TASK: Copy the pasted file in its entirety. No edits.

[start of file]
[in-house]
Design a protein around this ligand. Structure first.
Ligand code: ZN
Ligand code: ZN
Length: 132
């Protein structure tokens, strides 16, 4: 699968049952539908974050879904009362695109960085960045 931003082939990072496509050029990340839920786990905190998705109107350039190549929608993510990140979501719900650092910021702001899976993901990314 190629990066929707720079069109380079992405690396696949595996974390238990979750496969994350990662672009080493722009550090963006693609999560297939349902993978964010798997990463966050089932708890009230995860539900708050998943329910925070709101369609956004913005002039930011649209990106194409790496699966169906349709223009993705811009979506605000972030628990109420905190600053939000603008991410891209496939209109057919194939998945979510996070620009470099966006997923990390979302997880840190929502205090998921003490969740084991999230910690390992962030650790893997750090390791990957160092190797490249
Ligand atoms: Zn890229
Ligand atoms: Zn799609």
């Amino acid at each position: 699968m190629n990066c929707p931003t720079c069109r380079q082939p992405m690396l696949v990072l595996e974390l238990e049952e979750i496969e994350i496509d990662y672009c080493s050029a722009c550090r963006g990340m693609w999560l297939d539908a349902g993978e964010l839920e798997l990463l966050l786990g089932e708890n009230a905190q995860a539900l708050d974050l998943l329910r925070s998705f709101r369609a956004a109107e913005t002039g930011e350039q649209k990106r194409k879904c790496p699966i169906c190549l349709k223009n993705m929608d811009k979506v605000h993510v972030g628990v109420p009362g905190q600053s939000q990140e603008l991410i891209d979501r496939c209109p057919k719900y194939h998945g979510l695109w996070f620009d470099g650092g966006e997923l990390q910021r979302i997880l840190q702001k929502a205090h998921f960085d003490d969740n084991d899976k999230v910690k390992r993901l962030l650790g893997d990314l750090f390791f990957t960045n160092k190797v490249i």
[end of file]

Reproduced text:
[in-house]
Design a protein around this ligand. Structure first.
Ligand code: ZN
Ligand code: ZN
Length: 132
């Protein structure tokens, strides 16, 4: 699968049952539908974050879904009362695109960085960045 931003082939990072496509050029990340839920786990905190998705109107350039190549929608993510990140979501719900650092910021702001899976993901990314 190629990066929707720079069109380079992405690396696949595996974390238990979750496969994350990662672009080493722009550090963006693609999560297939349902993978964010798997990463966050089932708890009230995860539900708050998943329910925070709101369609956004913005002039930011649209990106194409790496699966169906349709223009993705811009979506605000972030628990109420905190600053939000603008991410891209496939209109057919194939998945979510996070620009470099966006997923990390979302997880840190929502205090998921003490969740084991999230910690390992962030650790893997750090390791990957160092190797490249
Ligand atoms: Zn890229
Ligand atoms: Zn799609």
């Amino acid at each position: 699968m190629n990066c929707p931003t720079c069109r380079q082939p992405m690396l696949v990072l595996e974390l238990e049952e979750i496969e994350i496509d990662y672009c080493s050029a722009c550090r963006g990340m693609w999560l297939d539908a349902g993978e964010l839920e798997l990463l966050l786990g089932e708890n009230a905190q995860a539900l708050d974050l998943l329910r925070s998705f709101r369609a956004a109107e913005t002039g930011e350039q649209k990106r194409k879904c790496p699966i169906c190549l349709k223009n993705m929608d811009k979506v605000h993510v972030g628990v109420p009362g905190q600053s939000q990140e603008l991410i891209d979501r496939c209109p057919k719900y194939h998945g979510l695109w996070f620009d470099g650092g966006e997923l990390q910021r979302i997880l840190q702001k929502a205090h998921f960085d003490d969740n084991d899976k999230v910690k390992r993901l962030l650790g893997d990314l750090f390791f990957t960045n160092k190797v490249i």